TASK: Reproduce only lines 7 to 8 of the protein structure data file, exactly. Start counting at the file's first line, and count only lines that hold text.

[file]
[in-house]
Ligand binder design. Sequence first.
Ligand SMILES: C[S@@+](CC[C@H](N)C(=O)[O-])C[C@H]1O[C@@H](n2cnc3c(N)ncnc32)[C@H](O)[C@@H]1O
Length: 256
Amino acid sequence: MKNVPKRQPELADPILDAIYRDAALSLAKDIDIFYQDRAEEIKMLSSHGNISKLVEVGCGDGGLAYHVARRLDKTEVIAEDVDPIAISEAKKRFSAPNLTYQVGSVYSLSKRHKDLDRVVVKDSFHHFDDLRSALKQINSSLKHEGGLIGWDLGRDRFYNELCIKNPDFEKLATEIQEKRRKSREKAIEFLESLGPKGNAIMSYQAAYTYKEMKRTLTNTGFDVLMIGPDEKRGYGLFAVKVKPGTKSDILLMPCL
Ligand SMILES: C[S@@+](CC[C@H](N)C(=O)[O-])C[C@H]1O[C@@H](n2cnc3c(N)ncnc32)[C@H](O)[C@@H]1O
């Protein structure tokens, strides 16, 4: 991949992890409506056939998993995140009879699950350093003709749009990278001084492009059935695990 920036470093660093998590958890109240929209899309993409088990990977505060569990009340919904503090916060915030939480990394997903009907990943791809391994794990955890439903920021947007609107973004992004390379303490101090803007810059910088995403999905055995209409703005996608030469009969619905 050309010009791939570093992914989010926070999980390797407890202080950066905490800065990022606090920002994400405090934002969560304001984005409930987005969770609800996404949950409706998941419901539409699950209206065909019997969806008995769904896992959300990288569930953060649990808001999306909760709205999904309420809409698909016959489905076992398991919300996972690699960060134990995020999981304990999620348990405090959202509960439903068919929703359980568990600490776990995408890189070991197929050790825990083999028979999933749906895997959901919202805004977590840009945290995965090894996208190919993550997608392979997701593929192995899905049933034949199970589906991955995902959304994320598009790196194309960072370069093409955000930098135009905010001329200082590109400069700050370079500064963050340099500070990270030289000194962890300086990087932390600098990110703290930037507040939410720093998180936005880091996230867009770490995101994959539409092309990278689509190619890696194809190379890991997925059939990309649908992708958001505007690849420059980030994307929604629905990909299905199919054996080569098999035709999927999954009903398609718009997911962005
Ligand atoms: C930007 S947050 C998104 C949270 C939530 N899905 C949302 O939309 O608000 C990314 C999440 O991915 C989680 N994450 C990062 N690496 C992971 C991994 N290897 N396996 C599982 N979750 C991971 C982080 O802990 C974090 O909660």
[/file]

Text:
């Protein structure tokens, strides 16, 4: 991949992890409506056939998993995140009879699950350093003709749009990278001084492009059935695990 920036470093660093998590958890109240929209899309993409088990990977505060569990009340919904503090916060915030939480990394997903009907990943791809391994794990955890439903920021947007609107973004992004390379303490101090803007810059910088995403999905055995209409703005996608030469009969619905 050309010009791939570093992914989010926070999980390797407890202080950066905490800065990022606090920002994400405090934002969560304001984005409930987005969770609800996404949950409706998941419901539409699950209206065909019997969806008995769904896992959300990288569930953060649990808001999306909760709205999904309420809409698909016959489905076992398991919300996972690699960060134990995020999981304990999620348990405090959202509960439903068919929703359980568990600490776990995408890189070991197929050790825990083999028979999933749906895997959901919202805004977590840009945290995965090894996208190919993550997608392979997701593929192995899905049933034949199970589906991955995902959304994320598009790196194309960072370069093409955000930098135009905010001329200082590109400069700050370079500064963050340099500070990270030289000194962890300086990087932390600098990110703290930037507040939410720093998180936005880091996230867009770490995101994959539409092309990278689509190619890696194809190379890991997925059939990309649908992708958001505007690849420059980030994307929604629905990909299905199919054996080569098999035709999927999954009903398609718009997911962005
Ligand atoms: C930007 S947050 C998104 C949270 C939530 N899905 C949302 O939309 O608000 C990314 C999440 O991915 C989680 N994450 C990062 N690496 C992971 C991994 N290897 N396996 C599982 N979750 C991971 C982080 O802990 C974090 O909660």